It’s Straight and
Scott for February ’04 OCRS
At Steamers Jazz Club and Café in
downtown Fullerton, OCRS members and fans met for the second time
this year – this time on Saturday, February 28. The seven performers
offered some 35 tunes in a compressed schedule of just two-and-a-half
Noting that the anniversary of James Scott’s birthdate (Feb.
12) had just passed, Eric Marchese opened things with one of Scott’s
most characteristic rags, “Quality” from 1911. Observing
the centennial of several of Scott Joplin’s best compositions,
Eric then offered “The Sycamore,” issued in 1904 by Chicago
publisher Will Rossiter, which would issue only one other Joplin rag
(“Eugenia” in 1906). Before playing the piece, Eric demonstrated
how the trio of this rag, subtitled “A Concert Rag,” prefigured
the chorus of “A Real Slow Drag” by seven years. Eric
closed his set with “The Kangaroo Hop,” a popular foxtrot
of the “animal fad dance” variety written by Melville
Morris and published in Detroit in 1915.
Bill Mitchell opened with Abe Holzmann’s hugely successful 1899
cakewalk, “Smokey Mokes,” giving it his usual swingy,
jazzy feel. Contributing to the Scott derby, he then gave us not one
but two wonderful Scott compositions: “Evergreen Rag”
from 1915 and “Suffragette Waltz” from a year earlier.
“Evergreen” has a light cakewalk flavor and some lovely
harmonies typical of Scott, and Bill accentuated the strong counterpoint
in the left hand of the B theme, especially on the final run-through.
“Suffragette” has three very pretty sections, with a trio
that seems especially influenced by light classical music.
Shirley Case delivered an entire set of rags by William Bolcom. The
first two pieces, “Old Adam” and “Through Eden’s
Gates,” are from the four-rag “Garden of Eden” suite,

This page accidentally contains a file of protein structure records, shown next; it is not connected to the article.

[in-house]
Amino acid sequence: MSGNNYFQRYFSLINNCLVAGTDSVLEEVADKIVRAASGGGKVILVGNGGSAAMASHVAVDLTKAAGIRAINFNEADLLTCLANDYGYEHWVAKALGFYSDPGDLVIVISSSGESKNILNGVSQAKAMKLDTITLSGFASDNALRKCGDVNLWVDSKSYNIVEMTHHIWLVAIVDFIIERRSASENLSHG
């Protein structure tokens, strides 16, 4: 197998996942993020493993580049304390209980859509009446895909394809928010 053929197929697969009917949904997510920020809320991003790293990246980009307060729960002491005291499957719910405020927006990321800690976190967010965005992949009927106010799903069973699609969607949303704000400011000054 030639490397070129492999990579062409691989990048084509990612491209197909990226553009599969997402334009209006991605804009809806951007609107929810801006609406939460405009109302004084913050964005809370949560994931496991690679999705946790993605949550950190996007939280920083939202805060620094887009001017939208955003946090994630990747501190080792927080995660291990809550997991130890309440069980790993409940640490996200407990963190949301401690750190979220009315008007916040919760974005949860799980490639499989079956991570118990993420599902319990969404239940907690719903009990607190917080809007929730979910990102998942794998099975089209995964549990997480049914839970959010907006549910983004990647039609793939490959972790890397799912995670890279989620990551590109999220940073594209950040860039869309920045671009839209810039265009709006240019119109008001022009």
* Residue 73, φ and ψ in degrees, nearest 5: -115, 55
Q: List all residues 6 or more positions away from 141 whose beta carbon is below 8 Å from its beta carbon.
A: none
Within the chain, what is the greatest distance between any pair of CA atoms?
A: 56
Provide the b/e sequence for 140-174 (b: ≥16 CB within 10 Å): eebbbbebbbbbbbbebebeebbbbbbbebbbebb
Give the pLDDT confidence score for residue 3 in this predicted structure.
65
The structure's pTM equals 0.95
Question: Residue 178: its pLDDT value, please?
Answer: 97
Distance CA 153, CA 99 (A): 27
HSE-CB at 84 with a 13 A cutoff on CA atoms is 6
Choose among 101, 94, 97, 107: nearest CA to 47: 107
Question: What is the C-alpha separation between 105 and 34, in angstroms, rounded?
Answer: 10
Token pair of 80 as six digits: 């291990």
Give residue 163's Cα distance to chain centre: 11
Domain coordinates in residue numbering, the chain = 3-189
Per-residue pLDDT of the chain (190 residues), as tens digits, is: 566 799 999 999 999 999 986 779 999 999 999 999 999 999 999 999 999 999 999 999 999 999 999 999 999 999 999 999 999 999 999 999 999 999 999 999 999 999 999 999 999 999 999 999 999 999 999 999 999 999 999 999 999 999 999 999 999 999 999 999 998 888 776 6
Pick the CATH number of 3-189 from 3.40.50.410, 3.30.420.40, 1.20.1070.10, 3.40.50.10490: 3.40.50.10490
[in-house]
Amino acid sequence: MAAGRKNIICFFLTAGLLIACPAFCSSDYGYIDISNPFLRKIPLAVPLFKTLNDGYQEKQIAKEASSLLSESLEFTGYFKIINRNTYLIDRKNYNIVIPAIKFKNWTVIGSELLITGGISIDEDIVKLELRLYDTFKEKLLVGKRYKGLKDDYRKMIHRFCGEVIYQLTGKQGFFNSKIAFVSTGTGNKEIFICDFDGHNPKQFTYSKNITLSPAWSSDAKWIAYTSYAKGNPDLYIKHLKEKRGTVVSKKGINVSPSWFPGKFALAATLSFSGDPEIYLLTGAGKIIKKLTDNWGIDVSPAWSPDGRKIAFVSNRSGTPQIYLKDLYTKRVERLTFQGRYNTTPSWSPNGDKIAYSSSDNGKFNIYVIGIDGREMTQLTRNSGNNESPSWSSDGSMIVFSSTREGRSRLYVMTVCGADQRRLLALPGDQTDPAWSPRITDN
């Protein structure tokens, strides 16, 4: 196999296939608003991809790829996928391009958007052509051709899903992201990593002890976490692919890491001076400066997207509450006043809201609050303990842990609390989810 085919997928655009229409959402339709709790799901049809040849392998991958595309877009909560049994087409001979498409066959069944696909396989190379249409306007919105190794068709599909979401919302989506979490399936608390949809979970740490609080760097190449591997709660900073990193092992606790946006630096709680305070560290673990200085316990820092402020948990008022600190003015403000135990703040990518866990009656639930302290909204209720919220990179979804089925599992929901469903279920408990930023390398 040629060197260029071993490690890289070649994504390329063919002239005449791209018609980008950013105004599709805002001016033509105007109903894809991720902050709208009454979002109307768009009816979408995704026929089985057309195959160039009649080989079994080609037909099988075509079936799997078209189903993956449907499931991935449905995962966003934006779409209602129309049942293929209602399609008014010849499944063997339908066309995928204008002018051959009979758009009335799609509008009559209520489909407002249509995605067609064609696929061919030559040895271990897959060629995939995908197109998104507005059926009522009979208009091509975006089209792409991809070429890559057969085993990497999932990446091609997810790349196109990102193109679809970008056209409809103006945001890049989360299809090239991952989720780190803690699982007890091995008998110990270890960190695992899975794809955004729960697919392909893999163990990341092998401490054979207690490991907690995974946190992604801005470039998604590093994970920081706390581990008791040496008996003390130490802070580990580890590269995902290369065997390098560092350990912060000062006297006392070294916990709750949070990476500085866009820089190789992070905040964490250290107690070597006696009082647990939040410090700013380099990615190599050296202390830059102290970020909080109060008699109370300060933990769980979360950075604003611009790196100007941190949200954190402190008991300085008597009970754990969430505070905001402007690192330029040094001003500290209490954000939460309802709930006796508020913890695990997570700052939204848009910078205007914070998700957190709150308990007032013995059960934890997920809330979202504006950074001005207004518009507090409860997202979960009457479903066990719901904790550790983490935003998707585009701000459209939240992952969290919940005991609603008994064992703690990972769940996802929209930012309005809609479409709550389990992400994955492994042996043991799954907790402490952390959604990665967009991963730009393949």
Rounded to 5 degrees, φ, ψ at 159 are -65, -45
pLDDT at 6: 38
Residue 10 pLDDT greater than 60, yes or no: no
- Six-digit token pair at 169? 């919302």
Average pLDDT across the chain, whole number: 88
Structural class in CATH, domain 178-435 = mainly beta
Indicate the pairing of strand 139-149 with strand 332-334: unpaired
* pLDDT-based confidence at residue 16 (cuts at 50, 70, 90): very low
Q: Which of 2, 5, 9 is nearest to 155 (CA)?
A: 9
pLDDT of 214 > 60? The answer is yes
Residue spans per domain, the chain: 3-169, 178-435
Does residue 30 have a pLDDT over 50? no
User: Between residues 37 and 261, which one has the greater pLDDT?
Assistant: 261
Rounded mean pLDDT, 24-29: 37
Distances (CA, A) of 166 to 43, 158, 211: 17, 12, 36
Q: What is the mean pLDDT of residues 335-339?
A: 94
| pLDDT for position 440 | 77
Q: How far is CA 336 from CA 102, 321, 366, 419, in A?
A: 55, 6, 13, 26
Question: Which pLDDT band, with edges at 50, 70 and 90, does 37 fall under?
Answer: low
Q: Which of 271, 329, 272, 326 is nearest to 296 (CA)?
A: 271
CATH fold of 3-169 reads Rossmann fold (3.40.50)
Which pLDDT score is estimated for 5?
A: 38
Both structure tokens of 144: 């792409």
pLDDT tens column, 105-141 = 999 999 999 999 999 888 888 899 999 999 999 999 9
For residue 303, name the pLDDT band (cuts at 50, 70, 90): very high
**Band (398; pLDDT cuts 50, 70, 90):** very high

while her third selection, the ever-popular “Graceful Ghost,”
is from Bolcom’s suite of “Three Ghost Rags” from
1970-’71. “Adam” is a rollicking piece with a great
finale featuring call-and-response. Though titled a “cakewalk,”
“Eden’s Gates” is actually a graceful, melodic piece
in the Classic Rag style and one of Bolcom’s many masterpieces.
Probably Bolcom’s most well-known piece, “Graceful Ghost”
is a most dramatic example of ragtime. Its second theme offers dark,
weird and somewhat “spooky” sounds, and the entire composition
features rich harmonies. As Shirley played the final reprise of the
opening theme, she slowed down the tempo to increase the dramatic
emphasis. As always, her playing of all three pieces was exemplary.
Bob Pinsker started his set with “The Dream Rag,” an early
rag-tango which he said was credited by Eubie Blake to Jess Pickett,
but which Bob said James P. Johnson credited to the pianist known
as “Jack the Bear,” whose real name was John Wilson. As
Bob noted in his remarks, the opening strain also resembles Matthews’
“Pastime No. 5” (or vice-versa). Bob’s precise fingering
and dynamics made the piece really sing. Next up was “Penthouse
Romance,” a 1934 piece by Rube Bloom that sounds reminiscent
of Rodgers and Hart’s music of the same period, and even more
strongly of Gershwin’s groundbreaking hybrid compositions from
the ’20s. Bob ended his set with Luckey Roberts's tune “Railroad
Blues,” which he transcribed from Pete Wendling’s 1919
QRS piano roll. Accordingly, Bob played the piece, which features
many typical Wendling licks, with a piano roll-style sound and jazzy
feel. Notable is the piece’s trio and Bob’s handling of
the final refrain: a tango bass, treble high up on the keyboard, and
flourishes in the treble that suggest the whistle of a railroad train.
Eric returned to the piano to deliver “Black Jack Rag,”
a Charley Straight composition which he learned from a transcription
by Tom Brier, from Straight’s own hand-played roll from 1917.
Frank Sano then soloed on Harry Warren’s “Million Dollar
Baby,” a 1931 pop standard he said was written for Woolworth
heiress Barbara Hutton. Next, Frank invited Bill Mitchell up to the
piano. The two shared the bench and keyboard on two numbers, “The
Girlfriend” and “Mandy, Make Up Your Mind,” with
Frank on the bass and Bill on the treble. On the first number, Bill
improvised on the melody line, throwing in interesting licks and tricks.
On “Mandy,” both guys emphasized the tune’s melody
line and its jazzy foxtrot rhythms. Bill then soloed on Luckey Roberts’
“Music Box Rag,” embellishing the trio, lent a gentle,
relaxed feeling to Morton’s “The Pearls,” and closed